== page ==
The Boutari family has been crafting wines from Greek varietals since 1879, when Yiannis Boutari first started producing red wines in the small northern village of Naoussa. Since that first vintage the family has become a pioneer of Greek wines. From exporting the first bottled red wine from Greece to reviving lost varietals, Boutari now crafts wines from six different regions using varietals that are grown nowhere else in the world. In a constant quest for improvement Boutari maintains "demonstration" vineyards around Greece where local farmers are invited to learn new methods and techniques for improving their grapes. The results have been astounding: Boutari has been named an International Winery of the Year by Wine and Spirits 14 times – only 5 wineries in the world have received the award more times. Achievements such as developing the modern style of Santorini to reviving lost varietals have garnered lavish praise from the wine press and spawned a generation of high-quality Greek wines made by vintners who cut their teeth under the tutelage of the Boutari family.
Learn More About Other White Blends
Other White Wine
While there are a slew of other white varietals out there in the world, a few more worth knowing about...
Mostly grown and drunk in the northwest part of Spain,
Rias Baixas (in Galacia),
this grape is loved by almost
all who try it. A great alternative to Sauvignon Blanc, Chardonnay and every other white grape, Albarino is
aromatically intense, like Sauvignon Blanc, but with a creamy texture on the palate. The flavors and aromas
of an Albarino range from peach to lime to vanilla to honeysuckle. The crisp finish on wines from this grape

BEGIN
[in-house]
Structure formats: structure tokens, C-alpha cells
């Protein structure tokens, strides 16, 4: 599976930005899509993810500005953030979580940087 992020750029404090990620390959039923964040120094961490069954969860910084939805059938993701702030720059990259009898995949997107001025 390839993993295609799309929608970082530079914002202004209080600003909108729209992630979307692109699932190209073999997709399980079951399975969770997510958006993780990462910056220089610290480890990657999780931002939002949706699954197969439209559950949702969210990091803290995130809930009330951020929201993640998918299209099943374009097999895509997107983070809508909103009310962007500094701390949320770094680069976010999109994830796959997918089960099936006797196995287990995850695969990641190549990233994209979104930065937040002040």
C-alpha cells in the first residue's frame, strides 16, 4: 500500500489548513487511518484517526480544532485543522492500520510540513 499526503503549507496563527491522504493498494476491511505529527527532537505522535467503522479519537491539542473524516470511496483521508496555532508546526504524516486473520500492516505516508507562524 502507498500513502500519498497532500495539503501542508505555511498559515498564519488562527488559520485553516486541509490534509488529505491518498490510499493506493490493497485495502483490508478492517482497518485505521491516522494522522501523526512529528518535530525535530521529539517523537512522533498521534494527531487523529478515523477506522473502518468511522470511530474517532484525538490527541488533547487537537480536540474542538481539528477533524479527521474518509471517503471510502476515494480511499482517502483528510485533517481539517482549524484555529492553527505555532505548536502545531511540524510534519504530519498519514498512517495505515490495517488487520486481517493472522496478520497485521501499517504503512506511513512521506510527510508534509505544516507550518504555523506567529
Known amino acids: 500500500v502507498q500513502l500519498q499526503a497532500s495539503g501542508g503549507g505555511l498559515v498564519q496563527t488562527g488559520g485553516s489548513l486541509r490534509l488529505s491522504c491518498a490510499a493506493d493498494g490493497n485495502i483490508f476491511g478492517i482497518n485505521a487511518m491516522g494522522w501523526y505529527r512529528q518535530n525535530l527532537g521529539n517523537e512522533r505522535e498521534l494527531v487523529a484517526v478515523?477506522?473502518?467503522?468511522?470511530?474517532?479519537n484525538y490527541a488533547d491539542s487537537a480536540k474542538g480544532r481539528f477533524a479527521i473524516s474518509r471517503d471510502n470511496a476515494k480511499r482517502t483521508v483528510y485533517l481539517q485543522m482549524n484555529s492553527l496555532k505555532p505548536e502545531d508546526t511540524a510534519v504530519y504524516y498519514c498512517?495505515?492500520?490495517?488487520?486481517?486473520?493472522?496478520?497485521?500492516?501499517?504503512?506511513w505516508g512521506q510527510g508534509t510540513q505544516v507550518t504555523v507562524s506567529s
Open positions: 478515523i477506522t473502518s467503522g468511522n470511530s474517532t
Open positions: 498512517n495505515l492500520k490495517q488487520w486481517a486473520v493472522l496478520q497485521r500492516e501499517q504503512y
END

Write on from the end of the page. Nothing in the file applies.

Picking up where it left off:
makes it perfect for just about any seafood.
Grown mainly in the Rueda
district of Spain, Verdejo is also found in Australia. The grape is herbaceous and
fairly aromatic. It's also grown in Portugal where it's called Verdelho.
Once a too-often planted in Germany,
Muller-Thurgau is known for making wines of so-so character. A crossing
between Riesling and Sylvaner, this grape makes a lot of wine and most of it quaffable at best. Decent wines
of Muller-Thurgau are aromatic with a tinge of sweetness.
The most-planted white grape in the world. Odd, because most have never heard of it, but this white grape
covers the plains in Spain and with its acreage of vine, it wins the contest. Wines of the grape are pleasant
and the grape is often used to make blending wines.
Grown mainly in the region of the same name (within the Loire), Muscadet produces very easy drinking, light-bodied
wine with mineral notes and high acidity – often recommended to pair with oysters.
Learn More About Greece
Much of the wine drinking culture in Europe comes from the early Greek settlers. Home to Dionysus, the
God of Wine, Greece has long touted the virtues of drinking wine. With over 400 indigenous varieties,
you won't find many Cabernet Sauvignon and Chardonnay wines, although the grapes do grow here and are
occasionally blended. The climate of Greece is good for growing grapes, with very warm summers and little
rainfall. Most wines exported today are owned by bigger companies, like Boutari and Kourtakis. Smaller
wineries are producing higher quality wine, but much of it is drunk in Greece.
The regions of Greece might remind you of reading Homer or studying ancient history. The two main larger
grape-growing regions are Macedonia and Peloponnese. Some of the regional grapes to know include the whites,
Assyrtico and Moscofilero as well as the reds, Agiorgitiko and Xynomavro. In the Peloponnese, there are a few
sub-regions making white wines from the pink-skinned Moscofilero grape. These wines are aromatic, dry and a bit
spicy in flavor. The most popular red of Peloponnese is Agiorgitiko, which can make both dry and sweet,
port-like wines. Xynomavro is the red grape of Macedonia, where it produced deep, dense, earthy red wines
that are often oak-aged.